History and Hops Explores the Mouth of the Columbia

History and Hops Explores the Mouth of the Columbia

The immense structures that define the mouth of the Columbia River took more than 50 years to build with the best turn-of-the-century technology. For the North Jetty, alone, steamships and locomotives moved and placed over 3 million tons of stone. Their construction has had a profound effect on both the people and the landscape of our region.

“Rails in the Surf: Reshaping the Mouth of the Columbia River”, the story of the construction of the jetties — a story of pile drivers and railroad cars, of tugs and barges and of locomotives and shipwreck – will be recounted at Seaside Museum’s monthly History & Hops on Thursday, September 27th at 6PM at the Seaside Brewing Co by Gary Kobes.

Kobes, a Chinook resident, and self-described “history addict,” is the manager of the Astoria-Warrenton Regional Airport, and volunteers on the boards of the Columbia Pacific Heritage Museum (CPHM) in Ilwaco as well as the Columbia River Maritime Museum. He is a founding member of the Nahcotta railroad passenger car preservation committee and has a deep affinity for the history of railroads and engineering. According to CPHM Director Betsy Millard, Kobes is known among researchers and historians of the area as “the go-to expert” for information about the jetties on both sides of the Columbia River.

History & Hops is a series of local history discussions hosted by the Seaside Museum on the last Thursday of each month, September through May, at Seaside Brewing Co., 861 Broadway.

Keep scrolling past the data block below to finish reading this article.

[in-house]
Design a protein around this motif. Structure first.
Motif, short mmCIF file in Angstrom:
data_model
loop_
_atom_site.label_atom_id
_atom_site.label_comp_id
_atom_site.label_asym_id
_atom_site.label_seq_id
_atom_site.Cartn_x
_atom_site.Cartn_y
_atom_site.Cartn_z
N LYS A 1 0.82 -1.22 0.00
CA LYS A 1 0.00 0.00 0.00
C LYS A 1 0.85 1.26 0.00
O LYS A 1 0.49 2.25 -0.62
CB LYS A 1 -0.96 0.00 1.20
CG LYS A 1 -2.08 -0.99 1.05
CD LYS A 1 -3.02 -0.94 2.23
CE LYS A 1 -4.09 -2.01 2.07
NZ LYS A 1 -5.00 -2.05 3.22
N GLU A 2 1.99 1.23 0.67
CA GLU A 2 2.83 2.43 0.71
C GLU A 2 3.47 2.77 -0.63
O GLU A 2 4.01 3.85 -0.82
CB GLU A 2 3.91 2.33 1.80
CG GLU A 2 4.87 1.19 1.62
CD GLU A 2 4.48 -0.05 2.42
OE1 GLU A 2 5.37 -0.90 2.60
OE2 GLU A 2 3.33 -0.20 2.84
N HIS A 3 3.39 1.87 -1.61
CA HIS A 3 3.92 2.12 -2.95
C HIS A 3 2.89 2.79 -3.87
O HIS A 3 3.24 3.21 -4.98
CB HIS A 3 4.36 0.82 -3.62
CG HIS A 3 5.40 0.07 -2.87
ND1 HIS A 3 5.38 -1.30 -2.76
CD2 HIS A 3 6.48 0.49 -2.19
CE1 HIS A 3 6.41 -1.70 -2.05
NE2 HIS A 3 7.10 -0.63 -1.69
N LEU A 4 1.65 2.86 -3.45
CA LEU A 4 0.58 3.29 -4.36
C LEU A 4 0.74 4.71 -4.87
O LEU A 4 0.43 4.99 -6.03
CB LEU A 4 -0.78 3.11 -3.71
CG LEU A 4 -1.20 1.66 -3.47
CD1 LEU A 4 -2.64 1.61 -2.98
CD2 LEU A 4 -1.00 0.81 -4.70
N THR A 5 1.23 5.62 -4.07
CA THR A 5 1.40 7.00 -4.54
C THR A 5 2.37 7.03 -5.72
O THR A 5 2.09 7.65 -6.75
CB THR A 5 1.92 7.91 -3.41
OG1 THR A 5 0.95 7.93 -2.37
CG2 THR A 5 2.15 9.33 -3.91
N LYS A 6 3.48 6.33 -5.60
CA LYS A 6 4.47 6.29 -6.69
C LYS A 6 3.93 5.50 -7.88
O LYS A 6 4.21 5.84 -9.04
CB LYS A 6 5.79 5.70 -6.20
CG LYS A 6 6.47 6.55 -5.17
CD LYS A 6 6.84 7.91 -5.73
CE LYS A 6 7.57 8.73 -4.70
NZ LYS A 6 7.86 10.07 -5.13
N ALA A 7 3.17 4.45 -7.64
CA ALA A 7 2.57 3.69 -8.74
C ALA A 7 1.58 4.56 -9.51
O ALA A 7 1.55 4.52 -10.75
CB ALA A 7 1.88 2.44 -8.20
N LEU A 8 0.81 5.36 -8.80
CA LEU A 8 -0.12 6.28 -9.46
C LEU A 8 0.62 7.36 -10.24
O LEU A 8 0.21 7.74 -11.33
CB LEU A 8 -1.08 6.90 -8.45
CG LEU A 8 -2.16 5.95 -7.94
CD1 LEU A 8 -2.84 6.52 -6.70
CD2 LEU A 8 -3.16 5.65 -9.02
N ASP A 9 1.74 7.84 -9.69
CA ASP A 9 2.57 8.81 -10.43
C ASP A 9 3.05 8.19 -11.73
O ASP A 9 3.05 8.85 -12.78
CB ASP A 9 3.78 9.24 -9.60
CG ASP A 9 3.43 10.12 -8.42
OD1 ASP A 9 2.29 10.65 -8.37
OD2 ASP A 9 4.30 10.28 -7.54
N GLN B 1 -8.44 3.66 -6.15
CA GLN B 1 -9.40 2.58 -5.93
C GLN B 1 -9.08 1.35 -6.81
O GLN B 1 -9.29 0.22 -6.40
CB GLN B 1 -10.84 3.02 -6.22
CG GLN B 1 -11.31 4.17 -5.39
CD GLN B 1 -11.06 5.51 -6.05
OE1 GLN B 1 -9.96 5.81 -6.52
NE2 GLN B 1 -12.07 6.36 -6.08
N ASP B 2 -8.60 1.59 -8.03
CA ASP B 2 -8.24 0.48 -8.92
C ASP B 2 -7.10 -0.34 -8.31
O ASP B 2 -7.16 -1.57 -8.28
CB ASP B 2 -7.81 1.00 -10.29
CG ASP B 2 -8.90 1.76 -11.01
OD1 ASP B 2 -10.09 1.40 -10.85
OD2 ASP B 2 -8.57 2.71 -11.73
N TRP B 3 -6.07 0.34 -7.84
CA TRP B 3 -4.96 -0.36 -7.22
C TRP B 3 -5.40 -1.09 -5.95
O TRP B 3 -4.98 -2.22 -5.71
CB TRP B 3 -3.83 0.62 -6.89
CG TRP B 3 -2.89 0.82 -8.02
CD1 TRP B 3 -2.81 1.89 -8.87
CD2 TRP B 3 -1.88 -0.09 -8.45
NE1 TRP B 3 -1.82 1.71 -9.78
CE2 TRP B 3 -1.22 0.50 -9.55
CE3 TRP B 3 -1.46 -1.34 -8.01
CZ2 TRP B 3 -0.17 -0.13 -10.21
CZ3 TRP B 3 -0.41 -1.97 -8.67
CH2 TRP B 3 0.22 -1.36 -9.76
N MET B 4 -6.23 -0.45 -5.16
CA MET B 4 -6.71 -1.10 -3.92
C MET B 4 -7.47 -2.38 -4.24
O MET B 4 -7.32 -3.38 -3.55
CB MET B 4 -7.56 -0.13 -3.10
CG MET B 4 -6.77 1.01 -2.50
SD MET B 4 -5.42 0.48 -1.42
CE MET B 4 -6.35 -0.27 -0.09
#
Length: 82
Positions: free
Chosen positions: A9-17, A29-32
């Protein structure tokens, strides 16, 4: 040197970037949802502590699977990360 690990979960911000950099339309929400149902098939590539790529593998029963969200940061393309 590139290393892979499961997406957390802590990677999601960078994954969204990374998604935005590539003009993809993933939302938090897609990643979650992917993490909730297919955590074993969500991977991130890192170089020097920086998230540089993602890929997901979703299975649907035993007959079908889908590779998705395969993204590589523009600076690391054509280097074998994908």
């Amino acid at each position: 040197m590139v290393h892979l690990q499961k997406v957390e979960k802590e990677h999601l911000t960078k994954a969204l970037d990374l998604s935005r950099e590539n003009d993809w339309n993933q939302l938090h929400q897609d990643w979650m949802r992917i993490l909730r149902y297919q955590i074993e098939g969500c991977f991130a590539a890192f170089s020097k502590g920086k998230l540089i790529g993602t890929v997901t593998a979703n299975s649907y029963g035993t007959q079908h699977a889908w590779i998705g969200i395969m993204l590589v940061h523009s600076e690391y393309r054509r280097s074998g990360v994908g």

Preserving Seaside’s History since 1974, the Seaside Museum and Historical Society is a non-profit educational institution with the mission to collect, preserve and interpret materials illustrative of the history of Seaside and the surrounding area.  The museum is located at 570 Necanicum Drive, Seaside and is open Monday through Saturday from 10A to 3PM.  More information can be found at www.seasideoregonuseum.com

 

Advertisements

Newsletter – September 2018

NEWSLETTER   SEPTEMBER  2018

~~ events and happenings ~~

MISSION – Collect, preserve and interpret materials illustrative of the history of Seaside and the surrounding area

BOARD OF DIRECTORS

 PRESIDENT –  Steve Wright

 VICE-PRESIDENT – Tita Montero

 TREASURER –  David Huntington

 SECRETARY –  Ken Heman

 DIRECTORS –  Sharon Anderson,  Kim Reef, Stephen Reef,  Karen Rossi

Encore or Return?

We are so pleased that the Pacific Northwest Living Historians invited SMHS to partner in presenting Lewis and Clark Salt Makers.   Besides bring involved in a fun and educational program, we have a new opportunity to assess whether it can reinstated on an annual basis.  We will provide ways for you to give us feedback and input as we make a decision in the coming months.

 

Last Thursday of the month 

September through June

6PM

Seaside Brewing Co.

 

 

 

 

Lewis and Clark Salt Makers

October 6th & 7th, 2018

9:00 A.M. to 6:00 P.M. Saturday

9:00 A.M. to 3:00 P.M. Sunday

Seaside, Oregon

Living History on the Beach at Seaside!

What do you do when you run out of salt – and the nearest store is more than 2,000 miles away?

When the explorers of the Lewis and Clark expedition arrived at the Pacific coast in 1805, they needed salt to preserve meat, along with adding a little flavor to their meals.  But the supply of salt which they acquired in St. Louis before they began their long and arduous voyage across the vast American West, was exhausted.